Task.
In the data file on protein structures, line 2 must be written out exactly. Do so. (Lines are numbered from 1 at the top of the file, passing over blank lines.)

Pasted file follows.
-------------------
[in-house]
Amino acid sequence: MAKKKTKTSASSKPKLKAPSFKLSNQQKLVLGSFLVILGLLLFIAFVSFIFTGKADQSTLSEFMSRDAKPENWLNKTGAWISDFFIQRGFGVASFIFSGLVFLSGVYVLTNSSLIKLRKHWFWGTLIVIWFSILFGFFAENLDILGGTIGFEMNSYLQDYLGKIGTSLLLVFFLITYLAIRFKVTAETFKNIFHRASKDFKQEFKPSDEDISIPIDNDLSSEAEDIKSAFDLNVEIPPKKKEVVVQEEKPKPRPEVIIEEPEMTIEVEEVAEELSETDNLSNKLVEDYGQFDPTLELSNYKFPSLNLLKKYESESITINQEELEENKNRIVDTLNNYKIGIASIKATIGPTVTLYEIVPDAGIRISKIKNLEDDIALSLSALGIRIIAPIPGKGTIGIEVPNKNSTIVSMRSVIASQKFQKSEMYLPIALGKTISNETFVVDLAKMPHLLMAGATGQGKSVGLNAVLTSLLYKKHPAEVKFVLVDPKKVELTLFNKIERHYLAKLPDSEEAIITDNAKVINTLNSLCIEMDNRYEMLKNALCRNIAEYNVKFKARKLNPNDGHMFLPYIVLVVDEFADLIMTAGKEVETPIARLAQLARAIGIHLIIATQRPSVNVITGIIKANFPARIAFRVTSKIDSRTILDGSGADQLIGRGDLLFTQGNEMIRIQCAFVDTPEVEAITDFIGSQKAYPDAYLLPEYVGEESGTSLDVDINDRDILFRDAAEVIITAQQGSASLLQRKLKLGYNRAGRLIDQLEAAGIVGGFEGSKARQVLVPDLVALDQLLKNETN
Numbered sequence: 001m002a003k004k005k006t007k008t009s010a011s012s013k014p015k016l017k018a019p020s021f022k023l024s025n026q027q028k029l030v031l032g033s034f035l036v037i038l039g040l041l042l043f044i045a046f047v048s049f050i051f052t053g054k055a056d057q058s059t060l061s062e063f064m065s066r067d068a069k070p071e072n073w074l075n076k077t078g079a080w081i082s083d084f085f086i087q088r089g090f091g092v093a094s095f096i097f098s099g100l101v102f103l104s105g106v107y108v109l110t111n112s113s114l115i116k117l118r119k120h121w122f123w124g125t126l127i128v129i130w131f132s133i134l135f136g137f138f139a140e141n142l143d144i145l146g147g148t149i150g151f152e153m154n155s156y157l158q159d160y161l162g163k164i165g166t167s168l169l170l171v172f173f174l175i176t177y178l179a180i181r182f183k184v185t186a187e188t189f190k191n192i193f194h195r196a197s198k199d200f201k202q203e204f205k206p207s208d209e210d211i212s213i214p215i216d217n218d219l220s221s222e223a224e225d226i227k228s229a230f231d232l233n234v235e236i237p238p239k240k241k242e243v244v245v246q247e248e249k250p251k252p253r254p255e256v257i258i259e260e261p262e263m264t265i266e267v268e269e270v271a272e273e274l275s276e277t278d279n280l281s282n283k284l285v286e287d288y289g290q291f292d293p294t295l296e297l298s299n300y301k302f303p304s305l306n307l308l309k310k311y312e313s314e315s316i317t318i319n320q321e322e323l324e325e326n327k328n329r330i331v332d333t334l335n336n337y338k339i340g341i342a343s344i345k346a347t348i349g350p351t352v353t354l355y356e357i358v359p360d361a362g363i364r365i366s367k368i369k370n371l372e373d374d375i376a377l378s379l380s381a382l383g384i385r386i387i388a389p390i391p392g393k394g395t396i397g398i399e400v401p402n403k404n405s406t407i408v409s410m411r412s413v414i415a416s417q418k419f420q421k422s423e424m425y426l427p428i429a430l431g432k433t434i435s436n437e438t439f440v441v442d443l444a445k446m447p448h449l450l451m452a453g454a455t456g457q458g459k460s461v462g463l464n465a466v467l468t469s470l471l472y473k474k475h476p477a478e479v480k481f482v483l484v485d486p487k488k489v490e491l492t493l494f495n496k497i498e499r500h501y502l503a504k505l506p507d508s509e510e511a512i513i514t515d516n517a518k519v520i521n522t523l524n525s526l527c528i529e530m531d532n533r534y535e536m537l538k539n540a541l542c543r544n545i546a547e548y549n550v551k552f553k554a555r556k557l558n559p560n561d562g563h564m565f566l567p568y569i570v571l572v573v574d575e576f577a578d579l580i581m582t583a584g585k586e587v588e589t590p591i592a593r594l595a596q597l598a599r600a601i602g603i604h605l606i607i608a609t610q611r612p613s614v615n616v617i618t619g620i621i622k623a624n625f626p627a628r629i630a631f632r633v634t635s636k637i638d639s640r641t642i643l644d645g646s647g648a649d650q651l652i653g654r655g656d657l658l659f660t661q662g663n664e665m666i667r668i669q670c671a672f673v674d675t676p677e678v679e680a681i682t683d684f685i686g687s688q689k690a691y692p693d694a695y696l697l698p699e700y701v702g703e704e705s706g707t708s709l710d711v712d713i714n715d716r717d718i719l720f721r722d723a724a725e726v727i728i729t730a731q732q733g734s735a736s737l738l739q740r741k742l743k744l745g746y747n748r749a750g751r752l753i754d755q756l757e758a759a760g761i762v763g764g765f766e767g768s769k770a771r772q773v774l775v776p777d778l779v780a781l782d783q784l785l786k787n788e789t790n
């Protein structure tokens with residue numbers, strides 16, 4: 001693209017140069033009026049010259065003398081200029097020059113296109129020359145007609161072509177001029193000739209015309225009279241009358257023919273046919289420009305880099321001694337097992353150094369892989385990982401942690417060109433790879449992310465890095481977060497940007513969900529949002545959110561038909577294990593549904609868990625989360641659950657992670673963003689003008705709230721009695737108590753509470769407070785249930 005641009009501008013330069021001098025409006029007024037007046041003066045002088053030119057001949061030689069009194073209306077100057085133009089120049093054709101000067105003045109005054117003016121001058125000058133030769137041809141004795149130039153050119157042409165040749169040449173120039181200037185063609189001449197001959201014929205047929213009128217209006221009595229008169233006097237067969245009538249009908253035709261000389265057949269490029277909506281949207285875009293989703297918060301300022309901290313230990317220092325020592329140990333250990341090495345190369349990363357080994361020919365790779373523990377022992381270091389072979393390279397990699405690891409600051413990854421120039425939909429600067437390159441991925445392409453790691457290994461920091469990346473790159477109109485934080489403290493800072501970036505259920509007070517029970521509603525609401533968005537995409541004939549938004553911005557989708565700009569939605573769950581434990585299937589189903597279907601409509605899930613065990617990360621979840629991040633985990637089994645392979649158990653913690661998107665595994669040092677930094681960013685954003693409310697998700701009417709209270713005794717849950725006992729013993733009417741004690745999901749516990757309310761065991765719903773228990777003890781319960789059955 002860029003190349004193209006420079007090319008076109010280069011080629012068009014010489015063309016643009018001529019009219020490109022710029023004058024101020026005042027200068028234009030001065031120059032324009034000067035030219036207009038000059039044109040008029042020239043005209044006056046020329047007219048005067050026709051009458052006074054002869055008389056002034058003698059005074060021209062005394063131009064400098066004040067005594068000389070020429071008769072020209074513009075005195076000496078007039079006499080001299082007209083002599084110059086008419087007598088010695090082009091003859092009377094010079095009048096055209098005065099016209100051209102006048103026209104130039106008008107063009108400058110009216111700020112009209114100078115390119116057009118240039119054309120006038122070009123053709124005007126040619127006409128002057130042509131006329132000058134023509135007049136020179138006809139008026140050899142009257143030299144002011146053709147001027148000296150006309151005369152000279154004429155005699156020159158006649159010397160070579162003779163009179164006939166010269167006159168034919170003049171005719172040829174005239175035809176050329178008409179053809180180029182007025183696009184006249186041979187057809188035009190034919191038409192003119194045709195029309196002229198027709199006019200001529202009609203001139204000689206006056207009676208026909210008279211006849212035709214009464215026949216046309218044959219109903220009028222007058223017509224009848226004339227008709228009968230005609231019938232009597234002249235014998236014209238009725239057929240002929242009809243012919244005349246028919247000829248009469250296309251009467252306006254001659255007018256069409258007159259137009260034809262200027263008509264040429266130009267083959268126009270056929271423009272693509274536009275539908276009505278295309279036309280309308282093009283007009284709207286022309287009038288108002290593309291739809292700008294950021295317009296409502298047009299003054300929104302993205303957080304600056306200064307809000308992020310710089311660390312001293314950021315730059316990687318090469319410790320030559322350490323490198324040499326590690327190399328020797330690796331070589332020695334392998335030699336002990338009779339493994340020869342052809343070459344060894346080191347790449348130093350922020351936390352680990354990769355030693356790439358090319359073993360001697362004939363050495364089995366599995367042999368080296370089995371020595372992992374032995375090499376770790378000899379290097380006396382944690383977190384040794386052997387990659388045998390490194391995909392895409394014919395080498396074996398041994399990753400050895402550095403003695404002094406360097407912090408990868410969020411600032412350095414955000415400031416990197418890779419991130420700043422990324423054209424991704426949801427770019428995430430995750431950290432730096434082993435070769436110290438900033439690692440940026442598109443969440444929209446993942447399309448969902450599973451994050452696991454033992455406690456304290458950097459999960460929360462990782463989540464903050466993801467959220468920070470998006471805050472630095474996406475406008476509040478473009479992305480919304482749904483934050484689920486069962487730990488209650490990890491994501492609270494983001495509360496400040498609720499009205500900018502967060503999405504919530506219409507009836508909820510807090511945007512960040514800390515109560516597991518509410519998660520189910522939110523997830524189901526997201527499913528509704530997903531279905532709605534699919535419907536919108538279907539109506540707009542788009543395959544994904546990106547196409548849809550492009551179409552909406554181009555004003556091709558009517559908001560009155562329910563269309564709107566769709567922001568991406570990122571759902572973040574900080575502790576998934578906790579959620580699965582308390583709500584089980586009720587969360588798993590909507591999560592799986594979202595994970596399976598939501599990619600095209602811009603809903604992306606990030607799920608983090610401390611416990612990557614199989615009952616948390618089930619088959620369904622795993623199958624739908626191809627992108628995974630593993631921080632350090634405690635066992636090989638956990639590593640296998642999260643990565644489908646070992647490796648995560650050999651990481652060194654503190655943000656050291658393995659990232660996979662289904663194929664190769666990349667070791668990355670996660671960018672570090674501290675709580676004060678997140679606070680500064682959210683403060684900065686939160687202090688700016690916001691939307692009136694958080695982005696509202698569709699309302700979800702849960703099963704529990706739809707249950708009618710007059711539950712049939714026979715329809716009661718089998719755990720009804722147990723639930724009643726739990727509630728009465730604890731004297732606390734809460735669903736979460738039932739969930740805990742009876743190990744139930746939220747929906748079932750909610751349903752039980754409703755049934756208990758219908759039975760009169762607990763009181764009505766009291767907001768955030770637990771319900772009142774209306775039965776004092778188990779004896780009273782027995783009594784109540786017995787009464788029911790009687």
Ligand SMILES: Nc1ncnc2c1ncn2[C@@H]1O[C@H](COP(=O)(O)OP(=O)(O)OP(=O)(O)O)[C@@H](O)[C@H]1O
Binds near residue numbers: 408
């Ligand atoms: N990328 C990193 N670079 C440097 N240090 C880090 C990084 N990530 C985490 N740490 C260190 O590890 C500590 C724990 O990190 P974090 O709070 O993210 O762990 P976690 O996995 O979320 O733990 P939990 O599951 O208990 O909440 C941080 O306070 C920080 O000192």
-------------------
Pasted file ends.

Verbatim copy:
Amino acid sequence: MAKKKTKTSASSKPKLKAPSFKLSNQQKLVLGSFLVILGLLLFIAFVSFIFTGKADQSTLSEFMSRDAKPENWLNKTGAWISDFFIQRGFGVASFIFSGLVFLSGVYVLTNSSLIKLRKHWFWGTLIVIWFSILFGFFAENLDILGGTIGFEMNSYLQDYLGKIGTSLLLVFFLITYLAIRFKVTAETFKNIFHRASKDFKQEFKPSDEDISIPIDNDLSSEAEDIKSAFDLNVEIPPKKKEVVVQEEKPKPRPEVIIEEPEMTIEVEEVAEELSETDNLSNKLVEDYGQFDPTLELSNYKFPSLNLLKKYESESITINQEELEENKNRIVDTLNNYKIGIASIKATIGPTVTLYEIVPDAGIRISKIKNLEDDIALSLSALGIRIIAPIPGKGTIGIEVPNKNSTIVSMRSVIASQKFQKSEMYLPIALGKTISNETFVVDLAKMPHLLMAGATGQGKSVGLNAVLTSLLYKKHPAEVKFVLVDPKKVELTLFNKIERHYLAKLPDSEEAIITDNAKVINTLNSLCIEMDNRYEMLKNALCRNIAEYNVKFKARKLNPNDGHMFLPYIVLVVDEFADLIMTAGKEVETPIARLAQLARAIGIHLIIATQRPSVNVITGIIKANFPARIAFRVTSKIDSRTILDGSGADQLIGRGDLLFTQGNEMIRIQCAFVDTPEVEAITDFIGSQKAYPDAYLLPEYVGEESGTSLDVDINDRDILFRDAAEVIITAQQGSASLLQRKLKLGYNRAGRLIDQLEAAGIVGGFEGSKARQVLVPDLVALDQLLKNETN